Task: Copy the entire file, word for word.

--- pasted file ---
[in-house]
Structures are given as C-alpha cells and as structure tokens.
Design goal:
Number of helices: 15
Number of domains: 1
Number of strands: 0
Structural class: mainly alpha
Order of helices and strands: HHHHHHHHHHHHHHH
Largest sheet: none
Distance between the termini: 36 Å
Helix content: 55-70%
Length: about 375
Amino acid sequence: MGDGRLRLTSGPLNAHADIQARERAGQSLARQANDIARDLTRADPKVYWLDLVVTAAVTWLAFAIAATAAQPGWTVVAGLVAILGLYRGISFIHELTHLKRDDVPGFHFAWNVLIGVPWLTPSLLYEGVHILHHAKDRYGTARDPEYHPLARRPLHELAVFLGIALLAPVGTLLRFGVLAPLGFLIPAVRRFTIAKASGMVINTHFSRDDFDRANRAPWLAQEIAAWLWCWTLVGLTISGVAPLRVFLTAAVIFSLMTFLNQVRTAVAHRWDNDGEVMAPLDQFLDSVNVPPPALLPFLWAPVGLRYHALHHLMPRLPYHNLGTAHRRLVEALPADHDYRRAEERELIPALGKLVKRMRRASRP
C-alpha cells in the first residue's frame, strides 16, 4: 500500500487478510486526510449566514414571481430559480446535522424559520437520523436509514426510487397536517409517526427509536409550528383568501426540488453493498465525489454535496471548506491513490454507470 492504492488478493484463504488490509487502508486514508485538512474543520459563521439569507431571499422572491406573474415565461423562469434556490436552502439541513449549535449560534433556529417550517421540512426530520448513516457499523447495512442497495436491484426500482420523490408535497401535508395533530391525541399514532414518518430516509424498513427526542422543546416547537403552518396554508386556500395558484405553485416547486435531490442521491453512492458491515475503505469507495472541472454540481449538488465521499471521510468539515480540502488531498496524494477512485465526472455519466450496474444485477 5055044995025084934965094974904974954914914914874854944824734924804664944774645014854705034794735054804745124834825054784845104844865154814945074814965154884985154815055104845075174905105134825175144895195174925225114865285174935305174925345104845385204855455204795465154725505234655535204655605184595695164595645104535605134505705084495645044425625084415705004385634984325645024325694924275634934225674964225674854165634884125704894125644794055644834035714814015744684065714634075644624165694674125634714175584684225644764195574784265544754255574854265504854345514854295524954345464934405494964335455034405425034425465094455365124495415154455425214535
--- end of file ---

[in-house]
Structures are given as C-alpha cells and as structure tokens.
Design goal:
Number of helices: 15
Number of domains: 1
Number of strands: 0
Structural class: mainly alpha
Order of helices and strands: HHHHHHHHHHHHHHH
Largest sheet: none
Distance between the termini: 36 Å
Helix content: 55-70%
Length: about 375
Amino acid sequence: MGDGRLRLTSGPLNAHADIQARERAGQSLARQANDIARDLTRADPKVYWLDLVVTAAVTWLAFAIAATAAQPGWTVVAGLVAILGLYRGISFIHELTHLKRDDVPGFHFAWNVLIGVPWLTPSLLYEGVHILHHAKDRYGTARDPEYHPLARRPLHELAVFLGIALLAPVGTLLRFGVLAPLGFLIPAVRRFTIAKASGMVINTHFSRDDFDRANRAPWLAQEIAAWLWCWTLVGLTISGVAPLRVFLTAAVIFSLMTFLNQVRTAVAHRWDNDGEVMAPLDQFLDSVNVPPPALLPFLWAPVGLRYHALHHLMPRLPYHNLGTAHRRLVEALPADHDYRRAEERELIPALGKLVKRMRRASRP
C-alpha cells in the first residue's frame, strides 16, 4: 500500500487478510486526510449566514414571481430559480446535522424559520437520523436509514426510487397536517409517526427509536409550528383568501426540488453493498465525489454535496471548506491513490454507470 492504492488478493484463504488490509487502508486514508485538512474543520459563521439569507431571499422572491406573474415565461423562469434556490436552502439541513449549535449560534433556529417550517421540512426530520448513516457499523447495512442497495436491484426500482420523490408535497401535508395533530391525541399514532414518518430516509424498513427526542422543546416547537403552518396554508386556500395558484405553485416547486435531490442521491453512492458491515475503505469507495472541472454540481449538488465521499471521510468539515480540502488531498496524494477512485465526472455519466450496474444485477 5055044995025084934965094974904974954914914914874854944824734924804664944774645014854705034794735054804745124834825054784845104844865154814945074814965154884985154815055104845075174905105134825175144895195174925225114865285174935305174925345104845385204855455204795465154725505234655535204655605184595695164595645104535605134505705084495645044425625084415705004385634984325645024325694924275634934225674964225674854165634884125704894125644794055644834035714814015744684065714634075644624165694674125634714175584684225644764195574784265544754255574854265504854345514854295524954345464934405494964335455034405425034425465094455365124495415154455425214535